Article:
Thursday, July 31, 2014


It's here! School is back and everyone is excited, even parents, therapists, and educators! But, the transition back is not always so sweet. So, here are some simple tips to keep your kiddos moving and grooving back into the school routine. 
  • Set expectations. Let your kids know what will change now that summer is over and school is back in session. 
  • Set a bed time and don't budge! Gradually adjust to the new time 10 minutes at a time. 
  • Make a visual schedule chart. Laminate the schedule or make it on a white board or chalk board so that your  kids can check off each task as they are completed. 
  • Get things ready for the next day, the night before. This will help decrease the amount of chaos in the morning. 
  • Allow your kids to have a say (within reason) as to what is in their lunches and what they wear (if they don't have uniforms). 
  • Schedule a homework routine for the same time each night so there are no surprises. 
  • Allow your kids to have some free time at night to decompress from the day to prevent burn out early. 
  • Practice the new routine a couple times so everyone is on the same page. 
  • Cut off tags on the inside of clothing prior to wearing to decrease defensiveness against their clothes. 
  • Talk about any changes ahead of time. Surprises are not always a good thing. 
  • If your child has difficulty with transitions, contact the school to ask for a private visit to walk through the school and meet the teacher without the crowd. 
  • COMMUNICATE! Be sure to start off with good communication between you and the teacher. Inform the teach with both written and verbal information that may be important throughout the transition and school year.  

Next on the 'Back to School Series: Homework Havoc'!

Coming to Fiesta: The Pod

Fiesta Pediatric Therapy is excited to announce that they will be collaborating with Arizona State University Herberger Institute for Design and the Arts, Northern Arizona University, and Alberto Frias (creator of the pod) in a research project involving the pod bed and children with Autism. 

What is the pod? 

This pod, similar to the design of  a Skittle or M&M, will provide a multi-sensory environment with a variety of purposes. This pod will provide as a rest area for kids who need a break from their day or therapy session. The pod can change colors, play music, and vibrate to simulate a calming environment. 

Fun fact: This is the same pod that was used in 'Men in Black'!

COMING SOON! Stay posted for m0re information and news regarding the pod bed!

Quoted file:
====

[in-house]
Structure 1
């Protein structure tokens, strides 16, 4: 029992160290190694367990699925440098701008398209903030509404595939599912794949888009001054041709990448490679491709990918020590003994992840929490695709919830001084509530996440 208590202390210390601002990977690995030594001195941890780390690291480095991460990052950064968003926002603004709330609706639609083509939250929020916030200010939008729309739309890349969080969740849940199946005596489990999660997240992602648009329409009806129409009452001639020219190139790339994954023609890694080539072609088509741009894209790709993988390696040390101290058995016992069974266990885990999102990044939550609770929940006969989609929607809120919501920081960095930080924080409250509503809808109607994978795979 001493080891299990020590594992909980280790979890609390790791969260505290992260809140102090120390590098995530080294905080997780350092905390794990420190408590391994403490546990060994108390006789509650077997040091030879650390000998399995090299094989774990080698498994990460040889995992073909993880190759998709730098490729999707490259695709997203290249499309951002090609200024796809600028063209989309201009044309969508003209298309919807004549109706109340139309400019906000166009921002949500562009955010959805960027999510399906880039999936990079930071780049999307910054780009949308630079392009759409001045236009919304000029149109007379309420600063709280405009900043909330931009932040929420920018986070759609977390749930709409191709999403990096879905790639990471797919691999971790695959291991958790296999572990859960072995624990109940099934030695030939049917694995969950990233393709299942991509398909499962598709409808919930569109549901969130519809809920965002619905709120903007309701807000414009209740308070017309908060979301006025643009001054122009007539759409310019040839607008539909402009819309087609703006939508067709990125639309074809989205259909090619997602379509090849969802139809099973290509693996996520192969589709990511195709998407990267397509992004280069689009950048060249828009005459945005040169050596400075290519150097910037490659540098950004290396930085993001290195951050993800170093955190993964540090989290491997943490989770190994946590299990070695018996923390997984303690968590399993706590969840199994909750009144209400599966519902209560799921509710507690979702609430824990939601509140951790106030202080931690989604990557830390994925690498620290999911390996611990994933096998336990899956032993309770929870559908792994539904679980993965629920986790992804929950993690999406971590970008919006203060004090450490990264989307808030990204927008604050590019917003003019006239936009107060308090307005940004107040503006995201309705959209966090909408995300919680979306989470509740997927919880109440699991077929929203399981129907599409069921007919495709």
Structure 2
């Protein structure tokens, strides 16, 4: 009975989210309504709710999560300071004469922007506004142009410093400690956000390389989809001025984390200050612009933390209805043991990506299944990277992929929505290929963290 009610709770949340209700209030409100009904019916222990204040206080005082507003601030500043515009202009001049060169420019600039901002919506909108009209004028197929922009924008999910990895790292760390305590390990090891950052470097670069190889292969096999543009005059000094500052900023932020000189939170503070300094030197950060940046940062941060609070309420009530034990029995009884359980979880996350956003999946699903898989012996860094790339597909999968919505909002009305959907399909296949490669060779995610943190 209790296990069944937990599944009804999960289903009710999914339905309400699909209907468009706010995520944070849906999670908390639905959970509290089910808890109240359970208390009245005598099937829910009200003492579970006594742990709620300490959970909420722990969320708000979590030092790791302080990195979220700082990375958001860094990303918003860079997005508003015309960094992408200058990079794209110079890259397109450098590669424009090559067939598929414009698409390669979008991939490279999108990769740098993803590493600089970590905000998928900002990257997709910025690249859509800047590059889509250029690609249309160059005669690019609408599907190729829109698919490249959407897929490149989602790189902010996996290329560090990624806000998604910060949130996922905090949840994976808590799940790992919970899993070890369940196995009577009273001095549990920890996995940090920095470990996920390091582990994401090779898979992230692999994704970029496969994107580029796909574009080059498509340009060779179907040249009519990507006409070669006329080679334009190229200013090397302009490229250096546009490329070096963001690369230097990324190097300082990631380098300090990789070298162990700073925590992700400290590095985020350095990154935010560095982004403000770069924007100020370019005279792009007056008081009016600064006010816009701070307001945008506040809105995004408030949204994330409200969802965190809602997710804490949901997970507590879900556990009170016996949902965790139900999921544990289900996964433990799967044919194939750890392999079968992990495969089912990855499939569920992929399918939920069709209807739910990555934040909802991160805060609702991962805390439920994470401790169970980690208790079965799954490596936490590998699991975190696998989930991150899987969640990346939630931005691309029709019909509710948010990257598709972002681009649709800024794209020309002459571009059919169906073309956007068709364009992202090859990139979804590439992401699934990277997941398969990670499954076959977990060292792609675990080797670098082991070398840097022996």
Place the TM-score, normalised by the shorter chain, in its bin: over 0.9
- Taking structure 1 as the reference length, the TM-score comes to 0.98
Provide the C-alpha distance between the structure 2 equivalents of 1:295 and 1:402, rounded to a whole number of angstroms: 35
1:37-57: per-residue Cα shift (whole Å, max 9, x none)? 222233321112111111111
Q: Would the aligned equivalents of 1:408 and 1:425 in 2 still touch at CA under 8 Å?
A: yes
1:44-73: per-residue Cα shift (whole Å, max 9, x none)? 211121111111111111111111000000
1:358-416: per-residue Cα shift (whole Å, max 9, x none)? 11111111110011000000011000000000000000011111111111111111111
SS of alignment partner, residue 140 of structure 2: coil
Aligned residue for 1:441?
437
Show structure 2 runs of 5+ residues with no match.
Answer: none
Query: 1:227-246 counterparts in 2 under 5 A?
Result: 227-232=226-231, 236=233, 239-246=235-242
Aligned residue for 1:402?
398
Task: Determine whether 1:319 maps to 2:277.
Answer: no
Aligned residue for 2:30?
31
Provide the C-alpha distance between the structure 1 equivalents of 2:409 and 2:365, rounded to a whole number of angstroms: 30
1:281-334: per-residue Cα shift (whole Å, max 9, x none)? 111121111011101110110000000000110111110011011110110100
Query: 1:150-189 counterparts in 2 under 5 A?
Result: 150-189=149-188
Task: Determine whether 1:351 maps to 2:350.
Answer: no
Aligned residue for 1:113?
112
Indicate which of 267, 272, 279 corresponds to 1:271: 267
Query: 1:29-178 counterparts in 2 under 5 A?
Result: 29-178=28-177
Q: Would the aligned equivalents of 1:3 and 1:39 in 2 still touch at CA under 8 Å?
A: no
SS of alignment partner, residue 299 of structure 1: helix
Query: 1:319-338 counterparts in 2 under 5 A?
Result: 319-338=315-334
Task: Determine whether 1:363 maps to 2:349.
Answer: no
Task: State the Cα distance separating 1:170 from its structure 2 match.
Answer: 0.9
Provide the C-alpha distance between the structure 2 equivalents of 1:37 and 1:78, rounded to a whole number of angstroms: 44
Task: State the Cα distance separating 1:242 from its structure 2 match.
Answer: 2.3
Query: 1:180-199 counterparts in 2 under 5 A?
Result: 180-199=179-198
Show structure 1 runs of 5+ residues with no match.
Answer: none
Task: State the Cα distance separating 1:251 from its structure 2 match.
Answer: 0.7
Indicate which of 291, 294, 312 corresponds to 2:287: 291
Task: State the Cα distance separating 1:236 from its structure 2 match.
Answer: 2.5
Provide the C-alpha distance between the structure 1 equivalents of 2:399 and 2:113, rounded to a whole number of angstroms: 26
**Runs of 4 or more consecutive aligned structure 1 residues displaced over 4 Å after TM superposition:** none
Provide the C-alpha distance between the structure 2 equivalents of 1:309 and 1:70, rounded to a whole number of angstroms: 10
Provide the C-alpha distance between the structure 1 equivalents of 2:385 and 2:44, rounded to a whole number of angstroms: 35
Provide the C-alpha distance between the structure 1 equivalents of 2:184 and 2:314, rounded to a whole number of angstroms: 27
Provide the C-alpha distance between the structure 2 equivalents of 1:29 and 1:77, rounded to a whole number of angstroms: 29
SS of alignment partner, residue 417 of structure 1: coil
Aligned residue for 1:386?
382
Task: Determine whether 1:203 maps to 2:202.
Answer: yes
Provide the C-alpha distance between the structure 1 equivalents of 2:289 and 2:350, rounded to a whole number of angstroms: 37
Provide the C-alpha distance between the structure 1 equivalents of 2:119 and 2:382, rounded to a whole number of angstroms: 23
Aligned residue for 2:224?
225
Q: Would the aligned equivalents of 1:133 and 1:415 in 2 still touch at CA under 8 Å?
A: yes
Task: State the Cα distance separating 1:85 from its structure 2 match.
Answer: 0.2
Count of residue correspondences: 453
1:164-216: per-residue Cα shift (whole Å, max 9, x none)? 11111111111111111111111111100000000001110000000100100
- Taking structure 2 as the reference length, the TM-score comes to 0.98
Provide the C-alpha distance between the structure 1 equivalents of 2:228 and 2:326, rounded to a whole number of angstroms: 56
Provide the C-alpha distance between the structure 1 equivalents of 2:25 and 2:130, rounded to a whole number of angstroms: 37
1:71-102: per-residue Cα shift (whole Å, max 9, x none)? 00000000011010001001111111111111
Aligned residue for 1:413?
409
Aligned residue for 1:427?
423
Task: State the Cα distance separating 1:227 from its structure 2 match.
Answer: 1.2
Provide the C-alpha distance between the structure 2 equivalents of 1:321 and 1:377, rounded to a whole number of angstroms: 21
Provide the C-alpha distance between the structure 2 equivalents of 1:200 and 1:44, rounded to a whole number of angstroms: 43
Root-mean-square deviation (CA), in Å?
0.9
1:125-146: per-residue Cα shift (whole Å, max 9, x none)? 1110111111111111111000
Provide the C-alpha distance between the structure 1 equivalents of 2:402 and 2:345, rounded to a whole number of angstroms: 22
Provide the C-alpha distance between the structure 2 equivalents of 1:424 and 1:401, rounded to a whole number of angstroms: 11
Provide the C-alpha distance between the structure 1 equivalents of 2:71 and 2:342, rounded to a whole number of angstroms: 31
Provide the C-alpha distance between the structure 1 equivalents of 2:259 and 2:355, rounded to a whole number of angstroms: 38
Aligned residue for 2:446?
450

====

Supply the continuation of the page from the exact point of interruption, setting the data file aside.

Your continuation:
Thursday, July 24, 2014

Back to School Series: BACKPACK AWARENESS

Summer is coming to a close and the kids are going back to school. This means a lot of things: a new routine, homework, and back packs. As a first part of our ‘Back to School Series’ we would like to help you strap up your kiddos back packs each day in the safest way possible. What we don’t like about going back to school? Heavy back packs. Here are some simple tips from the American Occupational Therapy Association to keep your kids safe and wearing back packs correctly.

  • A child’s backpack should not weigh more than 10% of his or her weight. For example, a child who weighs 100 pounds should not carry a back pack heavier than 10 pounds.
  • Load the heaviest items closest to the child’s back.
  • Encourage your children to only bring home what is necessary for that day’s homework.
  • If your child’s back pack is consistently too heavy, consider a back pack with wheels if your child’s school allows.
  • Arrange items in the back pack so they do not slide around.
  • Do NOT wear on the arms
    Do NOT let the back pack sag low

    DO have your child wear his/her back pack like this!
    DO Secure straps high enough so it does no hang low.

How to wear a back pack correctly…

  • Wear both straps evenly on both shoulders.
  • Ensure that both straps are well padded.
  • Secure the straps to make sure the back pack does not hang on the lower back. This can cause increased strain on the back. The back pack should rest on the curve of the lower back, no more than 4 inches below your child’s waistline.
  • Choose a back pack that is not too big for your child.

(American Occupational Therapy Association [AOTA], 2014)

Refer to the American Occupational Therapy Association website for further information!
Stay tuned for more on our ‘Back to School Series’! Next: ‘Back to School: Reestablishing Routine’

Thursday, July 3, 2014

The 4th of July: Overcoming sensory challenges

The 4th of July is upon us…which means fireworks and celebrations. To a lot of us this means managing loud noises, crowds of people, different foods, and different environments. Basically, this holiday presents itself with many sensory challenges for children with special needs. Here are a few tips and tricks as well as fun crafty ideas to make the most of this loud, colorful, and sensory-loaded holiday.

  1. Talk about it! Discuss fireworks and what to expect for the entire weekend. 
  2. Allow your child to bring a comfort item.
  3. Bring headphones! This can help to deafen the sounds. OR watch from indoors or from the car. 
  4. Limit foods that your child may not normally eat. 

Be festive and get crafty. Try one of these fun ideas that also address fine motor skills and sensory play!

  • Finger painting: red, white, and blue (of course)!
  • Rip up tissue paper and crumple to form a flag. 
  • Sidewalk chalk! Have the kids decorate the driveway or sidewalk. 
  • Bead festive necklaces or bracelets. Follow a pattern to make it more challenging. 
  • Beat the heat and get out the water! 
  • Make your own fireworks and with paint, glitter, crayons, and glue!